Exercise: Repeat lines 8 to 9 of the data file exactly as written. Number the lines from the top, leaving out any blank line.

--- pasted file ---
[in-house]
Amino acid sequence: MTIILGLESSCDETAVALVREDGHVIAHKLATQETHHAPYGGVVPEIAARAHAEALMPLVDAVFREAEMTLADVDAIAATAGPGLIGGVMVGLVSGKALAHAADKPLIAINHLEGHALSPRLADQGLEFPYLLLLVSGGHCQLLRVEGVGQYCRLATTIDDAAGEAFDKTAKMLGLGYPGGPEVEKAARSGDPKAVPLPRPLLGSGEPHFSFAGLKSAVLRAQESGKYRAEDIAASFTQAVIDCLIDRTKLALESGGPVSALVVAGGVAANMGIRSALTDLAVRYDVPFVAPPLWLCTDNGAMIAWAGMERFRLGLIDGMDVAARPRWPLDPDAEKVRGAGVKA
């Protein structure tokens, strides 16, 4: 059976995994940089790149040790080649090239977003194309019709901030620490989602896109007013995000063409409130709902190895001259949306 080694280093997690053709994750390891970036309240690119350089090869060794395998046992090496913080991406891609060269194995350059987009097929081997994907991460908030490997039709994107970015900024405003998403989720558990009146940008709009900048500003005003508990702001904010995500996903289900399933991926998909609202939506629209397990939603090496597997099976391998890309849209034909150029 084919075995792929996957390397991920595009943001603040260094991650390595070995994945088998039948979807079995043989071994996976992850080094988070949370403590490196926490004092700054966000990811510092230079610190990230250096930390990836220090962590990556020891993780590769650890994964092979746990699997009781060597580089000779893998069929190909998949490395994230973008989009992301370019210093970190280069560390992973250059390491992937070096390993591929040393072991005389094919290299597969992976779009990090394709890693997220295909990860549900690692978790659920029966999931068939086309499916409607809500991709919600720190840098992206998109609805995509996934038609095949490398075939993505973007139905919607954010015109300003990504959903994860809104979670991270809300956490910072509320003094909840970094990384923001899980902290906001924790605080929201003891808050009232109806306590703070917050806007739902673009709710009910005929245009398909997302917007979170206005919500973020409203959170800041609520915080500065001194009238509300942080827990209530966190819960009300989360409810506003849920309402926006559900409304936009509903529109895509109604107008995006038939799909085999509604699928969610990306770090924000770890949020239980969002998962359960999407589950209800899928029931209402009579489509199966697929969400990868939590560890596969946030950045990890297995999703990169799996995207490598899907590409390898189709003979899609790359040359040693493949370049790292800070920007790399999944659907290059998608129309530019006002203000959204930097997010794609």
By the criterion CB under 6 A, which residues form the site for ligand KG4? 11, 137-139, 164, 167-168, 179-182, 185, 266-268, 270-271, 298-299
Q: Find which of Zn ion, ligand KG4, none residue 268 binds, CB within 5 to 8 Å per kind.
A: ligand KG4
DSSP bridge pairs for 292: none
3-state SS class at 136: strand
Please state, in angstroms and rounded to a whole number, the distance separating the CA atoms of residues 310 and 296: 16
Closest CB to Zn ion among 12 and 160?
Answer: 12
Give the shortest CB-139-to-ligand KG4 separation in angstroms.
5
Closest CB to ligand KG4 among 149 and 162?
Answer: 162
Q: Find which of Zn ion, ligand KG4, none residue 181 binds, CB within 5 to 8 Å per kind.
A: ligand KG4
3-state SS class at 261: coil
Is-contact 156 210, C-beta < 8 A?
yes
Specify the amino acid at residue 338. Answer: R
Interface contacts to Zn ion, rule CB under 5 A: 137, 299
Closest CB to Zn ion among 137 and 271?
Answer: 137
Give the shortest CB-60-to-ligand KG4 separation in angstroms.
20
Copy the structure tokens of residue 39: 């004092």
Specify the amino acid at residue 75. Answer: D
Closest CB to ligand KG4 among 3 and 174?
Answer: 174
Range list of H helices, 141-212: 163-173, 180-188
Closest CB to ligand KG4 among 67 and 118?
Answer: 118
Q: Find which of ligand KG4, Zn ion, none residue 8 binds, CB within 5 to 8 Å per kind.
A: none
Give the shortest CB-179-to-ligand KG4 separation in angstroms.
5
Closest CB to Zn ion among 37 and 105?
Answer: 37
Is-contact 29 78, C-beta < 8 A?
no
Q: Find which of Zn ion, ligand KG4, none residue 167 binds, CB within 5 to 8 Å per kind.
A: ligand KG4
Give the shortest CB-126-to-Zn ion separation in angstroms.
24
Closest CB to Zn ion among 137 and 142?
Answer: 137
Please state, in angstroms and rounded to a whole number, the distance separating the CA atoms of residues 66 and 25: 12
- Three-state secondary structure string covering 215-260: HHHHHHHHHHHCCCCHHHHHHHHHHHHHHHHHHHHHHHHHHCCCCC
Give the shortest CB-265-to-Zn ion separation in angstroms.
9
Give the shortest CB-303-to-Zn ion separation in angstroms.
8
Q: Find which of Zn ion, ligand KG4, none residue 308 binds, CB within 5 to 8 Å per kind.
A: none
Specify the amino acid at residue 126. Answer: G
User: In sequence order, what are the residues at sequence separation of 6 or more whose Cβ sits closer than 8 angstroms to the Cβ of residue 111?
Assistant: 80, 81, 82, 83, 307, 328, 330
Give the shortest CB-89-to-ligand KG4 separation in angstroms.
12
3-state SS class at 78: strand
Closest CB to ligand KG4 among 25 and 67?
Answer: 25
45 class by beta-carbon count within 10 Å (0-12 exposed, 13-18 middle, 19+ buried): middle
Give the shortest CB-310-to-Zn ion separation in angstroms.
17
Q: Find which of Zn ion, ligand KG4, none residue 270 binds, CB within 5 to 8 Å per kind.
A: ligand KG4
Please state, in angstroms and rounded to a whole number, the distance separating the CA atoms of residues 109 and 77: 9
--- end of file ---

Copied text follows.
3-state SS class at 136: strand
Please state, in angstroms and rounded to a whole number, the distance separating the CA atoms of residues 310 and 296: 16